1. This is called the divine passive—indicates that our work is a result of God’s grace
      1. Augustine in his confessions, “grant what you command, command what you will”
      1. We we won’t do this by our own power/ability—and we don’t have to.  God the Spirit grants us the power to obey
    1. No matter what your life’s callings are, they are Christian in the sense we’re supposed to do all things to the glory of God.
    1. This is part of your life in the new creation—believers are part of the new heavens and new earth, even now
      1. Chamblin, “Jesus’ very reason for invoking the creation ordinance (v.4) is to promote kingdom morality.  For with the dawn of God’s end-times ruling, which began at Jesus’ birth, then the powers which were unleashed in his ministry foreshadow the regaining of paradise on a transformed earth (Rev. 21–22). A Christian marriage or Christian celibacy is meant to bear witness to this great present and future reality. Either calling, marriage or celibacy, is not in itself more or less honorable than the other. God grants some the one gift, and some the other (see 1 Cor. 7:7); what matters is fidelity to God and to his kingdom in the place of his choosing (cf. 6:33).[5]
    1. No matter the callings God has given you, it is Jesus’ work through you that matters.  Jesus’ work equips your work.
    1. Three areas of difficulty we all endure:  temptations, suffering, and correction
      1. Temptations—God always provides an escape from temptation, 1 Cor. 10:13  No temptation has overtaken you that is not common to man. God is faithful, and he will not let you be tempted beyond your ability, but with the temptation he will also provide the way of escape, that you may be able to endure it.
        1. The escape is always to Jesus who was tempted as you are and understands your plight so he prays that you will be strengthened.
        1. Knowing you have the Son of God praying for you should encourage you to run to him.
      1. Suffering—the cursed world comes with suffering.  Suffering can strengthen your faith, or suffering can weaken and even destroy your faith. 
        1. God uses suffering to destroy our faith in ourselves, or to crush our faith in our faith, so that we will put our faith in him. (repeat)
        1.  2 Cor. 1:9  Indeed, we felt that we had received the sentence of death. But that was to make us rely not on ourselves but on God who raises the dead.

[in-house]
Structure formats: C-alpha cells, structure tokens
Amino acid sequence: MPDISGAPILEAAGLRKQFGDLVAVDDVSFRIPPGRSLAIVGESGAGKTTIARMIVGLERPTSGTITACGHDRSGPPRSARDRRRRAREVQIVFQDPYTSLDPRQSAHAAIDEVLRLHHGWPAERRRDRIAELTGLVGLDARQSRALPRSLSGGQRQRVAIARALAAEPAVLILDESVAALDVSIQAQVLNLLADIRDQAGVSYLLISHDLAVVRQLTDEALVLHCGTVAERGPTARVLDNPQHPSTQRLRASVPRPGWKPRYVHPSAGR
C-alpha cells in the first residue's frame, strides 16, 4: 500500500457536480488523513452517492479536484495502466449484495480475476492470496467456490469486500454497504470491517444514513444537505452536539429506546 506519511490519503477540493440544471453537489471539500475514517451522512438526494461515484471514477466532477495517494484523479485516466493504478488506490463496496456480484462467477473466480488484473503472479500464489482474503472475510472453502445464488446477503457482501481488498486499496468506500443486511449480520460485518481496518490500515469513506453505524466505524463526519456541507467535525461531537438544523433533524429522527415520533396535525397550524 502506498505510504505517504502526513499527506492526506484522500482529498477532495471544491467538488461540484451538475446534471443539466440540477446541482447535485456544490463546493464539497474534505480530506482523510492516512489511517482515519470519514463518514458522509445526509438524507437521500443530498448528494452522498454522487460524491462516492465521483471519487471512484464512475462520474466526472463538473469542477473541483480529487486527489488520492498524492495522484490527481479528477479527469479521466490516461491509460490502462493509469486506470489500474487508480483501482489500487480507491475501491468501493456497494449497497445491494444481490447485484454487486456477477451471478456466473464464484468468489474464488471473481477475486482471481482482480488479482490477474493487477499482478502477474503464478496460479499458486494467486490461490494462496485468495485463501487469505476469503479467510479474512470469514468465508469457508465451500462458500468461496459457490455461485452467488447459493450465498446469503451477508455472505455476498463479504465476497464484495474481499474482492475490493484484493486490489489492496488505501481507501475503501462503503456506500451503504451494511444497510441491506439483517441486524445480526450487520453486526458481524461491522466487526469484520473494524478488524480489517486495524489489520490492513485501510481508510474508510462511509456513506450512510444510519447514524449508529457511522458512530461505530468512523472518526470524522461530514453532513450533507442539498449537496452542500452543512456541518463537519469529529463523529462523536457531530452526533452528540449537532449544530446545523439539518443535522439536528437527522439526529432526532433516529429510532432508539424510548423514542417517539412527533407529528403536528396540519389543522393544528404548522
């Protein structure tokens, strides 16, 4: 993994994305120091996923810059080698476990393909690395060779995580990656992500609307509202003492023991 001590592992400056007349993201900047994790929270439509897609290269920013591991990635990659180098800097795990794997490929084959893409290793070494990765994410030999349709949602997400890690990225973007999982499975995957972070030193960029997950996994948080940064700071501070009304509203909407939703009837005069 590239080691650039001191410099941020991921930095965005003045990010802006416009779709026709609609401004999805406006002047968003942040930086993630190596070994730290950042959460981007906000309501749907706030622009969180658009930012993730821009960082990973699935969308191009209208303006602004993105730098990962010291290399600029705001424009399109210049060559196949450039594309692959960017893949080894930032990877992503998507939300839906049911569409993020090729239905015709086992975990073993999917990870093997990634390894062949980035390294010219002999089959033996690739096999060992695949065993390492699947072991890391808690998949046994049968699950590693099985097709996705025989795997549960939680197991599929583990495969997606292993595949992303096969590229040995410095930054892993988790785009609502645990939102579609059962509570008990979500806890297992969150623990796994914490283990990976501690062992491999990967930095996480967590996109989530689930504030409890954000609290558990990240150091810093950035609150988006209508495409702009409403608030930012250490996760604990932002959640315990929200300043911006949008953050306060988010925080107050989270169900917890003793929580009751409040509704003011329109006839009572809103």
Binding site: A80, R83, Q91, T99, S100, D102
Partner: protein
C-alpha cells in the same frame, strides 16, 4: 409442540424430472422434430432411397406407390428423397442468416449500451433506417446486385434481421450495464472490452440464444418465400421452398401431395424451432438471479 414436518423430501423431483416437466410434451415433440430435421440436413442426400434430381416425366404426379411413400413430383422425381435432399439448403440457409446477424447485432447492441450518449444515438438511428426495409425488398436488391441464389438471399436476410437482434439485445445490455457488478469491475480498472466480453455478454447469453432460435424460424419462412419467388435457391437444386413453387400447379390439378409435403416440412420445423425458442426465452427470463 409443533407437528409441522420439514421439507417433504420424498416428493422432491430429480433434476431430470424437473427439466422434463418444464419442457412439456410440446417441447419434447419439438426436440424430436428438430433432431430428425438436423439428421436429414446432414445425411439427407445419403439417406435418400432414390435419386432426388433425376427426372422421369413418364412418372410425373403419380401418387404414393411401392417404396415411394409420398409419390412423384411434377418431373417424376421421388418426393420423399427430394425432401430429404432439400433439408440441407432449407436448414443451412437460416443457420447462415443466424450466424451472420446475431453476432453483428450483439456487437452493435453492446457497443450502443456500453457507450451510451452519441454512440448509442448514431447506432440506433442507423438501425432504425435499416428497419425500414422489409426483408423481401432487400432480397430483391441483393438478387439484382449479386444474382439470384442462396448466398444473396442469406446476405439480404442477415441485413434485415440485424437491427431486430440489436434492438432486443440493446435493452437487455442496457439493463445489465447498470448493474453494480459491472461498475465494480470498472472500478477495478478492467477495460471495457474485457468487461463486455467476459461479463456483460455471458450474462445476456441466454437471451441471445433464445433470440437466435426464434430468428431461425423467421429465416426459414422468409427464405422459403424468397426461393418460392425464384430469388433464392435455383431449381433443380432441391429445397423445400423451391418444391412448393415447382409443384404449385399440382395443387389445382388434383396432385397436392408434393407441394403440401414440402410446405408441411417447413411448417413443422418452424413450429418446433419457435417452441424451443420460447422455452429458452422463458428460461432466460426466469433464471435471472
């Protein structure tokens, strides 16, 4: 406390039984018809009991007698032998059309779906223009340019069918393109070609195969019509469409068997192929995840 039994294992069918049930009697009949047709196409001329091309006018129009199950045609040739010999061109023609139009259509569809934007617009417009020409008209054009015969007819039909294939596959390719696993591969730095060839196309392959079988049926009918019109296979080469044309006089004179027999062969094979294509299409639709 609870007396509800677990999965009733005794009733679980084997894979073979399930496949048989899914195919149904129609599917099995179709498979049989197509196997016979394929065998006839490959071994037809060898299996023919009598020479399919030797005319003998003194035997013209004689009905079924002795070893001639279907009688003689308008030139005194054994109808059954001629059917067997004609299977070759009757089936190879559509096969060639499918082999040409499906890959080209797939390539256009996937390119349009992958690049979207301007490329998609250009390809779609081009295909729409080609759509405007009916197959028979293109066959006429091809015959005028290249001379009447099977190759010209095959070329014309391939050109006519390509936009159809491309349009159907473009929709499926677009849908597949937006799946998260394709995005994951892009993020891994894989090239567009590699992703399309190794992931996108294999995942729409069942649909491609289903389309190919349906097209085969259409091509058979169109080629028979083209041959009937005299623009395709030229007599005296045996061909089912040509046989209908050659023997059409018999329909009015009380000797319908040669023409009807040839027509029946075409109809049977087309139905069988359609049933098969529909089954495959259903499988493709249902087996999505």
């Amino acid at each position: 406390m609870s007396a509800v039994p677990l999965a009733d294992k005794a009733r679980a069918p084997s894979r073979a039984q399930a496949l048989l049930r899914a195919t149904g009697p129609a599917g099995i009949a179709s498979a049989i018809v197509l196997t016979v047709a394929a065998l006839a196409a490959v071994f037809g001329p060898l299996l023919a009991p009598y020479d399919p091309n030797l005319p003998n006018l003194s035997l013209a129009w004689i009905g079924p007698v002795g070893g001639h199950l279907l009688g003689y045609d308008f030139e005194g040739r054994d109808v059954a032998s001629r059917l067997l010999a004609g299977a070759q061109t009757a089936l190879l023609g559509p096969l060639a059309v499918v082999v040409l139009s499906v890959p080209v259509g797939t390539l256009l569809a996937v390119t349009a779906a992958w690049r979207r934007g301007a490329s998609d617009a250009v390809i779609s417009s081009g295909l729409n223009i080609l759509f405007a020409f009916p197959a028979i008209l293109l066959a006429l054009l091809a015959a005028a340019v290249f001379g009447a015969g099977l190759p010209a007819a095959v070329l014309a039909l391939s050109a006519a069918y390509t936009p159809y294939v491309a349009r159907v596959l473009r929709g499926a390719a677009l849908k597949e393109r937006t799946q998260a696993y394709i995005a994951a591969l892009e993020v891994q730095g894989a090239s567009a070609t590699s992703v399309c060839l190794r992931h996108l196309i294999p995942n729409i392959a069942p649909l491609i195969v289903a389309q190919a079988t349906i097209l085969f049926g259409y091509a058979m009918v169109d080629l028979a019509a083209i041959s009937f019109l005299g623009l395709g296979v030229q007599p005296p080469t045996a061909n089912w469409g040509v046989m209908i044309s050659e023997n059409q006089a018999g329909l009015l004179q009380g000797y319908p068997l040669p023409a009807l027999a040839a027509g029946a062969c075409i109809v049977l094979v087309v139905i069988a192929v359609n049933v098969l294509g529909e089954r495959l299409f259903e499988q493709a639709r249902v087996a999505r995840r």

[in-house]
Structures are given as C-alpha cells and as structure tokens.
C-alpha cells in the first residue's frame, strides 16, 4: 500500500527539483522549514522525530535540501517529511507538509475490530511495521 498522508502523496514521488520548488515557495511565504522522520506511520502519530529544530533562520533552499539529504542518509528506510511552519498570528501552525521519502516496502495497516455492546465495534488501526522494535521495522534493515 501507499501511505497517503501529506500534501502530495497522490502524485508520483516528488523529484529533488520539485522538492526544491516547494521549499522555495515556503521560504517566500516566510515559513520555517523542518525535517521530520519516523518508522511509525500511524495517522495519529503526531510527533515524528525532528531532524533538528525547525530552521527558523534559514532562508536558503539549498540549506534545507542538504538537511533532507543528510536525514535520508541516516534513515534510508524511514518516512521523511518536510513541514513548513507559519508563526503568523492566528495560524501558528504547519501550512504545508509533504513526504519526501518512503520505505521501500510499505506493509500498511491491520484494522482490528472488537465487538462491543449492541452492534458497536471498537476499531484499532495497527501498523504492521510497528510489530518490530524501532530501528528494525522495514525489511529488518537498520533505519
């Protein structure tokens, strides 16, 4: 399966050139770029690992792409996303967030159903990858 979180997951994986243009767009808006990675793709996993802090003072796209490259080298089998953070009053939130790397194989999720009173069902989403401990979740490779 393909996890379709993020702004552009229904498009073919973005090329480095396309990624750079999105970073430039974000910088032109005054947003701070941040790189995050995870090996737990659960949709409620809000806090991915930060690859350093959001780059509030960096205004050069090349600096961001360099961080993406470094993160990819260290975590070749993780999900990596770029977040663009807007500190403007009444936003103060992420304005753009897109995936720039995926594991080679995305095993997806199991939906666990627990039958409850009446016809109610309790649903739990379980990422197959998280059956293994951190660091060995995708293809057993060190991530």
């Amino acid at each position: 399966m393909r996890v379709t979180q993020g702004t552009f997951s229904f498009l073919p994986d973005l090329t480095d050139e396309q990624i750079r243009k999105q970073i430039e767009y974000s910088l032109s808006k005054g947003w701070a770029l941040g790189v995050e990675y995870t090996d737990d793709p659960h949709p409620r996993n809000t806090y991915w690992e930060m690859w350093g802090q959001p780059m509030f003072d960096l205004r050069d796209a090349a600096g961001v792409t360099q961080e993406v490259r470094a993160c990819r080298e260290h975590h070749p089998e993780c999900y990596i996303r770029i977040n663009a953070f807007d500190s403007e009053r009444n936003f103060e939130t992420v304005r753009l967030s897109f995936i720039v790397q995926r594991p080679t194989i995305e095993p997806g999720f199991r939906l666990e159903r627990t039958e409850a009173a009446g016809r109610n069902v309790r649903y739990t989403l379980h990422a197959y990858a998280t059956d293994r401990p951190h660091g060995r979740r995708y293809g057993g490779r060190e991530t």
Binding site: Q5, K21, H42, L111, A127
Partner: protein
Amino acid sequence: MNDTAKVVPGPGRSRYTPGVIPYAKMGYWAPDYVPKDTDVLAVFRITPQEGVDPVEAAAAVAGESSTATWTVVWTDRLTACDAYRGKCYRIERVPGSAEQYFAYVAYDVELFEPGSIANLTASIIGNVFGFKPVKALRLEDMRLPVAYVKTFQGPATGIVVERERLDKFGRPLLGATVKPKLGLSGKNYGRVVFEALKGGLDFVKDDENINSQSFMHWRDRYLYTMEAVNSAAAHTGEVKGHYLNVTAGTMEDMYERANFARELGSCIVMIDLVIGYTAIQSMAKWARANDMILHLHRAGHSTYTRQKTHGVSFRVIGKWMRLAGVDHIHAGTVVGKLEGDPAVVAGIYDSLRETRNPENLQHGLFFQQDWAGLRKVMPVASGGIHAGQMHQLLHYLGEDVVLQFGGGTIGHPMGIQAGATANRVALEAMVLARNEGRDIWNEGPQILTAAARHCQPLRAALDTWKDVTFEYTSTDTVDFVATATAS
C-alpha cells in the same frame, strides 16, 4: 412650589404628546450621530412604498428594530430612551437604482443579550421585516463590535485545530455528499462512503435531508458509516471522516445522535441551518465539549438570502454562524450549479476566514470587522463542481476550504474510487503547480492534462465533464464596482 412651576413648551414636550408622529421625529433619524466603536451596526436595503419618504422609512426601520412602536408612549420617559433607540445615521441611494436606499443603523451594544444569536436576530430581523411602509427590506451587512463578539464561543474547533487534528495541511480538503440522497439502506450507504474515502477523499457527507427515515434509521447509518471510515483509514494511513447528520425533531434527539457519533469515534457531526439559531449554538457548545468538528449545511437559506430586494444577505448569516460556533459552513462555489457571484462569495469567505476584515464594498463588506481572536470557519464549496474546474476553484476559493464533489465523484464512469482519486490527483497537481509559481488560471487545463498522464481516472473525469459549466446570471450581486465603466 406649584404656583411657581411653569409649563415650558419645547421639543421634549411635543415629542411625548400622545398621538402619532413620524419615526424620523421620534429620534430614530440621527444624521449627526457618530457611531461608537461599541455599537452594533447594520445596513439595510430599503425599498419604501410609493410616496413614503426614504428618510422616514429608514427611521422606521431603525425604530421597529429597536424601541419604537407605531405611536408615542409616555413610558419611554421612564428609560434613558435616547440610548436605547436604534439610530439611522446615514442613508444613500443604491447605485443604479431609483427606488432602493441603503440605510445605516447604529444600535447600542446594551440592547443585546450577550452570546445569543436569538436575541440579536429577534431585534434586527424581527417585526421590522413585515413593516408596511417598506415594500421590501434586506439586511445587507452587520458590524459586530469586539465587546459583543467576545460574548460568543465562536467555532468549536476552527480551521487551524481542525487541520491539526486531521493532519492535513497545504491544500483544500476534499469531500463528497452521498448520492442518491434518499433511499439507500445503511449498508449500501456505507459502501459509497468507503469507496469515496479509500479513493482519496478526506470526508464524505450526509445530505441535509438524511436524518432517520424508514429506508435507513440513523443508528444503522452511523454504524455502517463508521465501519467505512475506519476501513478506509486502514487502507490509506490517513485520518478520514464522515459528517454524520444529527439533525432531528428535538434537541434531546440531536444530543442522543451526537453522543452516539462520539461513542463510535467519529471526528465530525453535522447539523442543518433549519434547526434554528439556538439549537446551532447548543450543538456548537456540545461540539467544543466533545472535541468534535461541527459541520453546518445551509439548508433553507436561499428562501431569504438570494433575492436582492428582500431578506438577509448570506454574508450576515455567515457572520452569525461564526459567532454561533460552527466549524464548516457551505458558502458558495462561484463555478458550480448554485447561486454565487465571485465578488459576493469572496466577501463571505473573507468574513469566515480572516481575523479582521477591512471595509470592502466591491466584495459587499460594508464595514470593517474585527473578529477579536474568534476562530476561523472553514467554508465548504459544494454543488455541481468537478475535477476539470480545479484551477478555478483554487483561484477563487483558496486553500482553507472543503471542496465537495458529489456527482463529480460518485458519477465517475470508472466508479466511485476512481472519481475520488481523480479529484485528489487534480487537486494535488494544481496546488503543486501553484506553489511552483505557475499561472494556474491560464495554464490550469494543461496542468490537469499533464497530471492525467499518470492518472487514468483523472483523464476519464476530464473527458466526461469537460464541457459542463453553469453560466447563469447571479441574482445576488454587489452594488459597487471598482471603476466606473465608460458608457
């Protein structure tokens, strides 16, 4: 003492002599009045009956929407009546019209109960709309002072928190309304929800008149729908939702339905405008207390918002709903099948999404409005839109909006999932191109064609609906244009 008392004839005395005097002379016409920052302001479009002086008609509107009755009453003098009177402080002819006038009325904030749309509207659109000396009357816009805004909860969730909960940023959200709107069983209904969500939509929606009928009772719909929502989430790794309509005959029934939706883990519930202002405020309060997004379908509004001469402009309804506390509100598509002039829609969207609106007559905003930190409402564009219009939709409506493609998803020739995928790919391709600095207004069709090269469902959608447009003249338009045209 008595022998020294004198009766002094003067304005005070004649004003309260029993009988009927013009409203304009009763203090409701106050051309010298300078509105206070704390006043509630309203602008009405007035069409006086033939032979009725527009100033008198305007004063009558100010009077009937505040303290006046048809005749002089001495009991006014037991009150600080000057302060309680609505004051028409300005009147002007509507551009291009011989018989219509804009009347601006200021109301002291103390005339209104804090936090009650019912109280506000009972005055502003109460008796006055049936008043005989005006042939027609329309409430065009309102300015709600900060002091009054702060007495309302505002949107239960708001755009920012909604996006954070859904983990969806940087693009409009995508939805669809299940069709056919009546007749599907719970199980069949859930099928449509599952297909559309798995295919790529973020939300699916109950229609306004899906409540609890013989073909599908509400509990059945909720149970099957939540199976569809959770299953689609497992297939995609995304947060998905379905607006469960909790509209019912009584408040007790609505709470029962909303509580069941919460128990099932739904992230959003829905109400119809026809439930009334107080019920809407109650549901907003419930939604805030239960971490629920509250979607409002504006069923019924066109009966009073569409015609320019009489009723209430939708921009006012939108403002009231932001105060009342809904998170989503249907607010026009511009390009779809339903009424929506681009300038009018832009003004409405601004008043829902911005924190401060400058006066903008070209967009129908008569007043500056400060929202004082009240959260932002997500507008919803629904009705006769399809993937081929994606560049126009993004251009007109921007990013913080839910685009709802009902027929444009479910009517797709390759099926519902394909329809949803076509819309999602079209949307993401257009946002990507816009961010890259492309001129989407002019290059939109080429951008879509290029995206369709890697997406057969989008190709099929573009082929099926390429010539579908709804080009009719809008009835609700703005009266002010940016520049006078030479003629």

1. God raised Jesus from the dead and it’s that same resurrection power that raises believers into the new creation life.  Trusting God grants you strength in Jesus’ resurrection power.
      1. Correction—God corrects or chastises the one he loves.  But because of our sin, we think of God in sinful ways and attribute sinful characteristics to him.  We begin to think that His correction is out of anger, or impatience, because that’s how we correct sometimes.  God’s correction comes from love, because God is love.
        1. Without Christ in us we could never see God in this light, nor cry out to him as Father! 
        1. And without Christ’s work in us, we couldn’t have his unique perspective of God as the Father who corrects but always loves and holds and nurtures his children.
        1. Jesus wasn’t being corrected on the cross—his punishment was ours, but as he suffered the fire of God’s wrath, he looked to the Father who was administering it and said “into your hands I commit my spirit”.
        1. Following that path requires more than knowing it—you have to be transformed into the person who knows God is good, even in terrible correction and loss.
    1. You can’t follow Christ’s commands until you have received the person of Christ for your savior.  HAVE YOU? Amen.

[1] Matthew Poole, Annotations upon the Holy Bible, vol. 3 (New York: Robert Carter and Brothers, 1853), 89.

[2] Matthew Poole, Annotations upon the Holy Bible, vol. 3 (New York: Robert Carter and Brothers, 1853), 89.

[3] C. H. Spurgeon, The Gospel of the Kingdom: A Commentary on the Book of Matthew (London: Passmore and Alabaster, 1893), 160.

[4] John Legg, The King and His Kingdom: The Gospel of Matthew Simply Explained, Welwyn Commentary Series (Darlington, England: Evangelical Press., 2004), 360.

[5] J. Knox Chamblin, Matthew: A Mentor Commentary, Mentor Commentaries (Ross-shire, Great Britain: Mentor, 2010), 935.